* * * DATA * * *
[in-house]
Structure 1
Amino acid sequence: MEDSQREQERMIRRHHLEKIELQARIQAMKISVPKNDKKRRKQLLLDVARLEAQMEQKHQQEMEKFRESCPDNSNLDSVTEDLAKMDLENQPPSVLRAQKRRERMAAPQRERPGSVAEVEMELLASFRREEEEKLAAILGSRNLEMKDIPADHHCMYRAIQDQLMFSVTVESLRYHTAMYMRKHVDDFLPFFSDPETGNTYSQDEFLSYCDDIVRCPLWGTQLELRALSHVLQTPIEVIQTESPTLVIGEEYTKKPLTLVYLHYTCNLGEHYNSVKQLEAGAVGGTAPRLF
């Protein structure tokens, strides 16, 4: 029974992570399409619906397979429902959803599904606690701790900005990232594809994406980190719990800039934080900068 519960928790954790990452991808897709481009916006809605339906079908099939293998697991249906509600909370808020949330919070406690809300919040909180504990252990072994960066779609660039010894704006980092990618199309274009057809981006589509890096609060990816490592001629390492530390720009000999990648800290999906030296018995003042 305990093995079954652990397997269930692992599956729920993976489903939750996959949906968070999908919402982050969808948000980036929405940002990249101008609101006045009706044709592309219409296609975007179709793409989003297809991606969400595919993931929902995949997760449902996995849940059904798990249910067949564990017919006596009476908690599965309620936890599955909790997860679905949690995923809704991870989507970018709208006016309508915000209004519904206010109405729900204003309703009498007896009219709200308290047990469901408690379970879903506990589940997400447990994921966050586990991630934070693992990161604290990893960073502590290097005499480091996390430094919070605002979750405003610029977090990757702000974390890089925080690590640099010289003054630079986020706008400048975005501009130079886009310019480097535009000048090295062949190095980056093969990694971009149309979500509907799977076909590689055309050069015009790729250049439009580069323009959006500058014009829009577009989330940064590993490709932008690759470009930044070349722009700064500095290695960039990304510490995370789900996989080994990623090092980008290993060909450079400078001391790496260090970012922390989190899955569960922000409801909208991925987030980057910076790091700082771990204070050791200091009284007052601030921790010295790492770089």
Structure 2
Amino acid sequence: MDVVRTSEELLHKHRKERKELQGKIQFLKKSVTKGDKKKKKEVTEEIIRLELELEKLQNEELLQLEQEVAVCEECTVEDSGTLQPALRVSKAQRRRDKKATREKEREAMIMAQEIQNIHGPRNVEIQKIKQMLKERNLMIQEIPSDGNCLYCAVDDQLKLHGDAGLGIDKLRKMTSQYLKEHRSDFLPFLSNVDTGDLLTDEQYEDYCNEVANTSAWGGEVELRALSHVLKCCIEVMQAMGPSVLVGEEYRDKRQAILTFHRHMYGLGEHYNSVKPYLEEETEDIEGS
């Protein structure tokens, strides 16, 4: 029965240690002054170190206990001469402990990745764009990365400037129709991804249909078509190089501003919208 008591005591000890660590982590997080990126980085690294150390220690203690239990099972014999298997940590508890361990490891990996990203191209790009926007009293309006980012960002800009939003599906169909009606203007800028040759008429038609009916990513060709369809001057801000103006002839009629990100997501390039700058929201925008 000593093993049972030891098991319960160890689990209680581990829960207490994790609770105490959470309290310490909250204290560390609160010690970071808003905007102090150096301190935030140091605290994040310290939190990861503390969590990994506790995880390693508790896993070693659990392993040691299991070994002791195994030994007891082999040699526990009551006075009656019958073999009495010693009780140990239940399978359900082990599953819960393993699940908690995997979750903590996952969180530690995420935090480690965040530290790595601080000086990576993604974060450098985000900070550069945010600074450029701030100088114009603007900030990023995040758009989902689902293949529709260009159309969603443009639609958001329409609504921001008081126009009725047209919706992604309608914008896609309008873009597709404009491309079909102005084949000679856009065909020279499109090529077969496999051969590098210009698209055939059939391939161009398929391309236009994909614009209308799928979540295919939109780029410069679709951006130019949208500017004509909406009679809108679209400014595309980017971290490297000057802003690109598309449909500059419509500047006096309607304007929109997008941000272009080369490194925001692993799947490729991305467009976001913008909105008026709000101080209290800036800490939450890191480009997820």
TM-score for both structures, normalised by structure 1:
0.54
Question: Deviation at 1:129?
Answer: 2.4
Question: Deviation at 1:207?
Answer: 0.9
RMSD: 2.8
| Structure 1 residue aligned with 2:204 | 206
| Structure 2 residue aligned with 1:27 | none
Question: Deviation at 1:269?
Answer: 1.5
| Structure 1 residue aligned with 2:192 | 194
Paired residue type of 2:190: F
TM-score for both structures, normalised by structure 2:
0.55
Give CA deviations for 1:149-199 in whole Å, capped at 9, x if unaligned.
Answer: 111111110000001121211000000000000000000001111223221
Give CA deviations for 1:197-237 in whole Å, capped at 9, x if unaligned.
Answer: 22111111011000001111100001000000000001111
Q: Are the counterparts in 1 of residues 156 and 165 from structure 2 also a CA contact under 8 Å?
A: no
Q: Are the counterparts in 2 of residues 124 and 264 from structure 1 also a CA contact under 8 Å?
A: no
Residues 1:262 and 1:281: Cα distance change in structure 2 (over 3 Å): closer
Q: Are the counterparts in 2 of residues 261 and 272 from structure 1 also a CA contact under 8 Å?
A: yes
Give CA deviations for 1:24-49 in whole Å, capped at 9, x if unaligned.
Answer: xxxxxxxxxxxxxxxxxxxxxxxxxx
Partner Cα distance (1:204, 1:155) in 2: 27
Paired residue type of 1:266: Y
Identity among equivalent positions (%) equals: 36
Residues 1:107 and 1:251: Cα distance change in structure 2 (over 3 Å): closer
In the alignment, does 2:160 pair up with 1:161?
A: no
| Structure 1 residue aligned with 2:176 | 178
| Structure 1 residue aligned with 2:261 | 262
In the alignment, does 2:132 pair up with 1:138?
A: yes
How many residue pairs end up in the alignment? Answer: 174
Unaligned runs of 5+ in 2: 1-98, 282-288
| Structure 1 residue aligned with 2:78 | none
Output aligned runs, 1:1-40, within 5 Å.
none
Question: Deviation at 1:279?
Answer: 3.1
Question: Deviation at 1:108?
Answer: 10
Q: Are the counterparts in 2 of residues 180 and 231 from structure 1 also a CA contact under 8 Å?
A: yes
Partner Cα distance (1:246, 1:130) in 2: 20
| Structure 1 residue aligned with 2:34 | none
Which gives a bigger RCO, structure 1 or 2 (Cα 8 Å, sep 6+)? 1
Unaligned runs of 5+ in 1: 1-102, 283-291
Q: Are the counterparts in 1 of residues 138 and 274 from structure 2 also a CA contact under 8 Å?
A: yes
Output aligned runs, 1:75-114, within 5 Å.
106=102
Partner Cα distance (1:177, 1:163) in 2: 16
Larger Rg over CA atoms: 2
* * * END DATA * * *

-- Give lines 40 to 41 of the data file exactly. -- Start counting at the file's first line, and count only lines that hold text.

In the alignment, does 2:160 pair up with 1:161?
A: no